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The Masks Applicants Wear to Hide Who They Are

Posted by Ryan Howard on Fri, Oct 19, 2018

Employees Mask Identity on Resume

Most people lie on their resume. The typical resume untruths are embellishments or exaggerations so the candidate sounds more impressive or more experienced than they are. Earlier this year, CareerBuilder reported that 45% of hiring managers can't find qualified talent so fluffing up credentials is happening more than ever. These resume white lies may not necessarily reveal a bad hire if the candidate is bright, hardworking and willing to learn. Some applicants, however, may be hiding who they really are and it's up to the discerning hiring manager to uncover the scary truth underneath .

Here's what you may find behind the masks some applicants wear.

The Fake Smiler

While this person appears fine at first, you may quickly realize their smiling face isn't genuine. When you ask questions about previous work experience, they badmouth their former employers. When you inquire how they handle stressful environments, they blame others for any difficult situations they were in. They complain at length about other employment experiences. Pay attention to the negativity this person brought into the room. Would your team respond well to it or would they bring everybody down?

The Excuse-Maker

This type of applicant may start the interview meeting by arriving late and filled with all manner of excuses why. Maybe you excuse their lateness, the first time, but soon find that they're late for a second interview or offer more reasons why they didn't return your call or send in their paperwork. While on the outset, it appears that this applicant does want your job, their behavior says something different. Pay attention to their actions for the real truth. Will you be able to trust them?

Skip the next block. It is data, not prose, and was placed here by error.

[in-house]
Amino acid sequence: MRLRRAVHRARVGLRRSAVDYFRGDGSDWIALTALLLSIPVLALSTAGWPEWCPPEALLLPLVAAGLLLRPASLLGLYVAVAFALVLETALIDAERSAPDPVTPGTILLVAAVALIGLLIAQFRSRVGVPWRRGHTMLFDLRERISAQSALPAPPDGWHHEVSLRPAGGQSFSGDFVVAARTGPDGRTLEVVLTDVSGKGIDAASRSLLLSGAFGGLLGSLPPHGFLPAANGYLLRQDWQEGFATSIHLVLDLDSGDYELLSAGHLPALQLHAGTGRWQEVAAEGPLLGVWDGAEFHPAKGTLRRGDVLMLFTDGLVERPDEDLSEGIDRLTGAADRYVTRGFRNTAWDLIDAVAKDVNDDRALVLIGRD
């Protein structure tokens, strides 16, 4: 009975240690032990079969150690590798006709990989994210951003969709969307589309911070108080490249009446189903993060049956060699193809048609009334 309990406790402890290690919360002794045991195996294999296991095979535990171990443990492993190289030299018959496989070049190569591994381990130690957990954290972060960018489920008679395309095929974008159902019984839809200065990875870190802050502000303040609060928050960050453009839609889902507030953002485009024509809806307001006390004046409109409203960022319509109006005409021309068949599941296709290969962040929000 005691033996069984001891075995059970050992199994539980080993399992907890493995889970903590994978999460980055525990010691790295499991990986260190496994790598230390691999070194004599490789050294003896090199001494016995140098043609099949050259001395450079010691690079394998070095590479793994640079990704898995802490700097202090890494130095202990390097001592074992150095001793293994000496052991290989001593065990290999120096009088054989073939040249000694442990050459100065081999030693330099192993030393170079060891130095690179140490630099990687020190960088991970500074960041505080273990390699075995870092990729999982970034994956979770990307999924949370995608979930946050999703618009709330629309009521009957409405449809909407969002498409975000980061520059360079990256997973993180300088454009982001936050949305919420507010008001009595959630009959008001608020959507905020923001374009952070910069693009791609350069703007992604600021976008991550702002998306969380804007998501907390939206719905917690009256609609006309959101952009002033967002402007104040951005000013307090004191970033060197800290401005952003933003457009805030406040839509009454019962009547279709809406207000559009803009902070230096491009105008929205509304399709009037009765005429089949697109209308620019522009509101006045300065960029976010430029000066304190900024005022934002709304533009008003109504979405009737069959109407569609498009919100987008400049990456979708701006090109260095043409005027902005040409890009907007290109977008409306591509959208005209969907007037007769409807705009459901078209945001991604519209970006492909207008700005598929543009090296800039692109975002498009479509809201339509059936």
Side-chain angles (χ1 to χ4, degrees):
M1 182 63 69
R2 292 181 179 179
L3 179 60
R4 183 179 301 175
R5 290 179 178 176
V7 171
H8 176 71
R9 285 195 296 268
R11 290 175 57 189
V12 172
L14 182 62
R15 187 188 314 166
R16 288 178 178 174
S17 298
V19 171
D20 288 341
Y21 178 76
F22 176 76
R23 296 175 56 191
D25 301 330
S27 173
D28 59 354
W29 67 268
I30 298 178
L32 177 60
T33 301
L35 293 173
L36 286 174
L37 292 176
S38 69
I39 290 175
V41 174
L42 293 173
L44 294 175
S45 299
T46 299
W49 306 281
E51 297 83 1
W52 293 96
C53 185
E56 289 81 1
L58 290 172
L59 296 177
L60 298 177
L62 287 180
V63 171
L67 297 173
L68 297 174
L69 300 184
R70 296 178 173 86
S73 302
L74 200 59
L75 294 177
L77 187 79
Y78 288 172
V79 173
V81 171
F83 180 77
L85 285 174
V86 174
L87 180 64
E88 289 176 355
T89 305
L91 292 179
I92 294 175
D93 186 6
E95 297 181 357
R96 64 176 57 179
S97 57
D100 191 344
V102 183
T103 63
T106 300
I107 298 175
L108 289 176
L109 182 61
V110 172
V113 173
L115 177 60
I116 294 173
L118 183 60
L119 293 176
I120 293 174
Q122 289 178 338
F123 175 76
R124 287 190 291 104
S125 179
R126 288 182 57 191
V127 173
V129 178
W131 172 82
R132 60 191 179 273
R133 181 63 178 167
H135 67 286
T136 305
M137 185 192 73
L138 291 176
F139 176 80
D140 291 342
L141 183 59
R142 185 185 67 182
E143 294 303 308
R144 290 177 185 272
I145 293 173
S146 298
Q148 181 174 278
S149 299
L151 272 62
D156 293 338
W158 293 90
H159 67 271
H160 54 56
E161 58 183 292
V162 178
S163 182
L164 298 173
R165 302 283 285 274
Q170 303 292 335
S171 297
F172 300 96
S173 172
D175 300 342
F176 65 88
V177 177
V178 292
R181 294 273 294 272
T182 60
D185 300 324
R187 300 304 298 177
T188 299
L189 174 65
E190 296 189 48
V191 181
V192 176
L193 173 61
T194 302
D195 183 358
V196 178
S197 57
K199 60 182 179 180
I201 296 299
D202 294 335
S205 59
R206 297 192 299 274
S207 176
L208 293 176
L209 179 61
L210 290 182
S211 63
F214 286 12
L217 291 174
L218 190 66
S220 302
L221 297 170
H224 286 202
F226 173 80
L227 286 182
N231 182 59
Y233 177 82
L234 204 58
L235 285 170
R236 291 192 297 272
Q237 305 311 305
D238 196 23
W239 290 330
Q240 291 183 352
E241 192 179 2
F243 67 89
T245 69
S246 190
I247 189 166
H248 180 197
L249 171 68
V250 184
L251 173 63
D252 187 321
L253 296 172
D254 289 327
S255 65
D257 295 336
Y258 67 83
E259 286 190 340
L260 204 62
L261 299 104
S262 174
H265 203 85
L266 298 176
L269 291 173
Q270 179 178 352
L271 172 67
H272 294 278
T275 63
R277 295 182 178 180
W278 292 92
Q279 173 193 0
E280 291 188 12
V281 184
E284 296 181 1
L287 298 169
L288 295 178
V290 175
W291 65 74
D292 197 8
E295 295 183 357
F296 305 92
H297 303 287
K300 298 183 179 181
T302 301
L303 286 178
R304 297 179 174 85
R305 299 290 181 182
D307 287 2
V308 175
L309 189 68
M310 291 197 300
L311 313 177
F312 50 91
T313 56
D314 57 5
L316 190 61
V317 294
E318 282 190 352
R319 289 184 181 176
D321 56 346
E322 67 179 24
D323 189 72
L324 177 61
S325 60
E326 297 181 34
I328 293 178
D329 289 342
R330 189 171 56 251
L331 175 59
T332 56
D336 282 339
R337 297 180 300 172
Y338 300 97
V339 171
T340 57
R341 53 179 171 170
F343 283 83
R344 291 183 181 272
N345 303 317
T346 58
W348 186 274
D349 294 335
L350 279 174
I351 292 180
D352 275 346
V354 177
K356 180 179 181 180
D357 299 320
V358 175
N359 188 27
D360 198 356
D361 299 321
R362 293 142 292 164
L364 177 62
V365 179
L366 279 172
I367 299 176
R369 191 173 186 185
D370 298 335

The Con Artist

It can be challenging to pick up on the con artist candidate because they're good at what they do. Their resume may be on point and, in their interviews, they seem to be jovial, confident and even charismatic. The only way to really pull back the mask of a con artist is to do your due diligence. If their resume says they have expert experience around a set of skills, test them. If they say they're certified or licensed, check with the certification or licensing board to verify. Check their identity, education and employment history.  Call their references to learn more about their previous work history and, if possible, whether they left on good terms. 

Cost of a Background Check:  How Much Should You Pay?

What's Behind The Masks?

The reason you, as a hiring manager, want to pull the mask from your applicants is to protect your business from negligent hiring claims or employee turnover.  A hire for your business represents you, both within and outside of your front doors. Negligent hiring claims can do enormous damage to your company reputation and employee turnover is expensive. An astute hiring manager may pick up on these masks during the hiring process. If not, a background check may uncover the real truth and protect your business from a bad hire.

Topics: Hiring and Recruiting, Employment Background Screening